Catholic Widow in Lesotho Leading Campaign to Address Youth Addiction to Drugs

Pontsho Florina Tumisi. Credit: Credit: Fr. Paul Tatu/Lesotho

Pontsho Florina Tumisi watched helplessly as the school performance of her daughter who had always been an A-student plunged. She had always been disciplined, striving to make her mother who had been widowed at only 20 proud of her. 

Even as Tumisi anxiously studied the change in behaviour of her daughter, nothing she saw indicated that the girl, then a teenager, was using hard drugs. But one day, when she disappeared from home for days, Tumisi knew that she was dealing with more than simple adolescence.

A search revealed that the girl, now aged 22, was using crystal meth and other drugs. This realization threw the mother of two, a Catholic native of Lesotho, into despair.

“I felt so helpless. I was widowed at a very young age. My daughter was only two when his father died. We practically raised each other. I never saw her ending up as she is now. It is not common to see a girl involved in things such as drug addiction,” Tumisi shared in a Monday, April 8 interview with ACI Africa.

She added, “Here was my only daughter, an A-student who was getting lost before my eyes. I desperately tried everything to stop her from using the drugs, but nothing worked. The more I flogged her, the deeper she sank into the addiction.”


Credit: Fr. Paul Tatu/Lesotho

As she struggled with her daughter’s drug addiction, too scared to open up about the condition, the 40-year-old member of St. Vincent Catholic Parish of Lesotho’s Archdiocese of Maseru came across a story on the Internet she instantly felt she related with. She read on Facebook about a woman who had been stabbed 20 times by her son and left for dead.

“I looked for the woman to give her moral support since I understood the pain she was going through beyond the physical wounds her son had inflicted on her. In no time, we had a support group of more women who were going through a challenge that was similar to ours,” she said.

Initially, Tumisi and the other women who were dealing with the addiction of their children would talk to give each other moral support. But one day, they decided that they had had enough of the suffering and the crying. At that point, they formed an association they christened Mokhosi oa Mongoana (MoM), which is loosely translated to “The Cry of a mother for her Child”. That was in April 2023.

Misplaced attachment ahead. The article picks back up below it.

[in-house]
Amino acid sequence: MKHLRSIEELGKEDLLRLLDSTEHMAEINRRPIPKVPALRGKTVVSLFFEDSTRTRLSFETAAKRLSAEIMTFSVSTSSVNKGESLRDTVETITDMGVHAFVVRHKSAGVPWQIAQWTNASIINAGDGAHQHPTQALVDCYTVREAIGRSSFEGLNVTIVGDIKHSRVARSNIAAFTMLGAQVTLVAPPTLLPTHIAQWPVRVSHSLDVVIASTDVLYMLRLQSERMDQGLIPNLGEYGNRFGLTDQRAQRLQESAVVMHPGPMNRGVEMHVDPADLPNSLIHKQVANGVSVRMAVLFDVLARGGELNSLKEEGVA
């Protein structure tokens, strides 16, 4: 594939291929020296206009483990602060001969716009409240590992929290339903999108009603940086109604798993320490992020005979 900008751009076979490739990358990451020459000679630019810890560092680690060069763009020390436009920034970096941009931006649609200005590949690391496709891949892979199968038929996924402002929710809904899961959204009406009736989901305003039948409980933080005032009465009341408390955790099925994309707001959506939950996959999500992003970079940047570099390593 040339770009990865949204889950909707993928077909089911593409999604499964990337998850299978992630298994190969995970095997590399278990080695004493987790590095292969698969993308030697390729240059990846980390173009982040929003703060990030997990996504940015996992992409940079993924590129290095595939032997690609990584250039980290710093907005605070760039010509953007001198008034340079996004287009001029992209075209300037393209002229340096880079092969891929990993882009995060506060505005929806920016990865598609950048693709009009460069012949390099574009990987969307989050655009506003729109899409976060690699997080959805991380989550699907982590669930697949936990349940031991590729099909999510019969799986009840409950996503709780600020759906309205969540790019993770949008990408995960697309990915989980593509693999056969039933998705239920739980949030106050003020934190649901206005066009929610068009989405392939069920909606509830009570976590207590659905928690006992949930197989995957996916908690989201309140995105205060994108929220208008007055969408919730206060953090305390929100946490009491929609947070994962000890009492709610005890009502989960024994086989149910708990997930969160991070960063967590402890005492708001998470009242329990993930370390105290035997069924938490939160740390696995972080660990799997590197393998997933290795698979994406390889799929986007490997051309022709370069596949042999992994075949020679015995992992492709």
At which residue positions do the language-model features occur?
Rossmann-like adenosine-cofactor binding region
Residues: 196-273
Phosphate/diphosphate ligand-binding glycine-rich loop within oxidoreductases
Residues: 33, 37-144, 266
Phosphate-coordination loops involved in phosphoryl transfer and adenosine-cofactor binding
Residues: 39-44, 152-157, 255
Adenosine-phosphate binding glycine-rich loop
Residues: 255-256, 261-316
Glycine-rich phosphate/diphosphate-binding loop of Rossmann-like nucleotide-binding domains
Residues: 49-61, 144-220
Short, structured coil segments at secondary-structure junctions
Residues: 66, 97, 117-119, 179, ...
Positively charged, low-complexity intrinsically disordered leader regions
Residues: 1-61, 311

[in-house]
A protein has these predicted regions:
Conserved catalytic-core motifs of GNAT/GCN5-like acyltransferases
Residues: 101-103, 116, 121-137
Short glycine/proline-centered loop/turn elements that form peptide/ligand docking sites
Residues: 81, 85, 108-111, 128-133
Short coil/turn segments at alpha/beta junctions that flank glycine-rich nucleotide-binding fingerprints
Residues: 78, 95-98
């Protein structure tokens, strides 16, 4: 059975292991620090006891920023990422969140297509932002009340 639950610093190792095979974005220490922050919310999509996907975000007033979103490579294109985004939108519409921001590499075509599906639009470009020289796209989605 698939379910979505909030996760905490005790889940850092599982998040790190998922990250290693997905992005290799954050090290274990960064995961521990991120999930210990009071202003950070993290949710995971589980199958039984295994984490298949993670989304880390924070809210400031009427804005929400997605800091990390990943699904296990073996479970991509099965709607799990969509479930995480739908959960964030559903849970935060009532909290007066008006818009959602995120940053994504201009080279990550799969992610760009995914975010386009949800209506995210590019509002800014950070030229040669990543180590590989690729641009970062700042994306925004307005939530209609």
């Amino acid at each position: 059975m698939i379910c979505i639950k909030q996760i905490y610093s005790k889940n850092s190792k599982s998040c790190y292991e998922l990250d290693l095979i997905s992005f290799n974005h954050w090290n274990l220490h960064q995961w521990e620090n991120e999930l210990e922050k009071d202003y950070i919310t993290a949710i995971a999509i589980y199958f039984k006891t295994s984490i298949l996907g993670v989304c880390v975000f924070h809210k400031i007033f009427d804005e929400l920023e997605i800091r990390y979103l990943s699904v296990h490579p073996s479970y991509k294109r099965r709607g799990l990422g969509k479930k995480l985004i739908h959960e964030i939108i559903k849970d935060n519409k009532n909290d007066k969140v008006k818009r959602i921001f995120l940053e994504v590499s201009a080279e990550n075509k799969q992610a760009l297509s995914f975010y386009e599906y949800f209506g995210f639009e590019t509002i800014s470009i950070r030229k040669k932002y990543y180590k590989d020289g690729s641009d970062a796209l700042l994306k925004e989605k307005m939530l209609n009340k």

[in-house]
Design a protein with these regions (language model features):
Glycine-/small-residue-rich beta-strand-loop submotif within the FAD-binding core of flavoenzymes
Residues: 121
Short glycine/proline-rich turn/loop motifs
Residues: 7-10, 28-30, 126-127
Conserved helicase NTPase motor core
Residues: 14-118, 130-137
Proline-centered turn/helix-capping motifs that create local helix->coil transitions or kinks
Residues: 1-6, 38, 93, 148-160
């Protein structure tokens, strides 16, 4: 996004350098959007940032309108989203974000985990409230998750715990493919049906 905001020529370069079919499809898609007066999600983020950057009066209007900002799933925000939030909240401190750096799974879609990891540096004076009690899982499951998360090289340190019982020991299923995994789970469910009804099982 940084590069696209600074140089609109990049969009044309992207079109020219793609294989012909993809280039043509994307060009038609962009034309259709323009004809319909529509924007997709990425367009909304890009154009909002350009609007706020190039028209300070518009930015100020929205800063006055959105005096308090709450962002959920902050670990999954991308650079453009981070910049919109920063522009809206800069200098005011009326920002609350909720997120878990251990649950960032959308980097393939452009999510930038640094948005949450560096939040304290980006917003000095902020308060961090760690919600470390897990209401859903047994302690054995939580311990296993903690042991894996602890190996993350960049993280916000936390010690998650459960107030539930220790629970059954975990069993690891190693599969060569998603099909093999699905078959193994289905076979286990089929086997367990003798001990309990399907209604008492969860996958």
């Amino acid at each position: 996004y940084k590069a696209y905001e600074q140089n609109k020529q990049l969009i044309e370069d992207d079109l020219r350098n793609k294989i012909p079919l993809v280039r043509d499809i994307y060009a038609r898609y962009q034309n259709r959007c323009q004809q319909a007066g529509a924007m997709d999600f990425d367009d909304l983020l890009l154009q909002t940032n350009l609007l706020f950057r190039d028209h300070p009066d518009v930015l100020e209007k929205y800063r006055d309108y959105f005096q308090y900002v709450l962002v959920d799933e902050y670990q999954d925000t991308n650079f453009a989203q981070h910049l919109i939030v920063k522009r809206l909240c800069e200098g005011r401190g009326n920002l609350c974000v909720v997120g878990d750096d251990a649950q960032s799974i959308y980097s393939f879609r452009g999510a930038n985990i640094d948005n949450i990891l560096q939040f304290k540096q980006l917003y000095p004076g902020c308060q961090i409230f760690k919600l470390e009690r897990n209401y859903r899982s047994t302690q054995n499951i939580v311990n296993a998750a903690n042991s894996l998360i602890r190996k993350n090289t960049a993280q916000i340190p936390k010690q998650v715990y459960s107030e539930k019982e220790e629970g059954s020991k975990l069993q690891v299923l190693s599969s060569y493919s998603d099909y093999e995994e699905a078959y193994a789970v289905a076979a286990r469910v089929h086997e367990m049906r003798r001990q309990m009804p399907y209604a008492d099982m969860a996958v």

Sharing the inspiration behind the formation of Mokhosi oa Mongoana with ACI Africa, Tumisi says, “We wanted to get psychosocial support for ourselves and for our kids. We wanted to have places of treatment for them. We wanted them to have safe spaces. After rehabilitation, we wanted them to acquire skills, so as to feel useful in society.”

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Credit: Fr. Paul Tatu/Lesotho

A year later, MoM has welcomed over 150 women from across the 10 districts of Lesotho, the high-altitude, landlocked kingdom encircled by South Africa.

The women are seeking to rescue their children from the bondage of illicit drug use. Their journey has been one of blood, sweat and tears in a country that does not have a single rehabilitation facility for recovering addicts. They live a day at a time in a society that still stigmatizes drug addicts and their families.

Tumisi says that drug addiction is still a taboo topic in Lesotho. “People speak about addiction in hushed tones, and parents whose children are addicts are considered loose with their morals and failures in life,” the member of St. Anne’s Sodality movement says.  

Enclosed within South Africa, Lesotho has a population of just about a little over 2 million people. Tumisi tells ACI Africa that it is through the country’s porous borders that the drugs, which she says used to be “a South African problem”, are now making their way to the country.


“Initially, we believed the illicit addiction was a South African problem. But now, as it appears, when South Africa is cold, it is Lesotho that sneezes. Foreigners, who are coming into Lesotho are the ones bringing the illicit drugs with them, sometimes with the help of locals,” she says.

Credit: Fr. Paul Tatu/Lesotho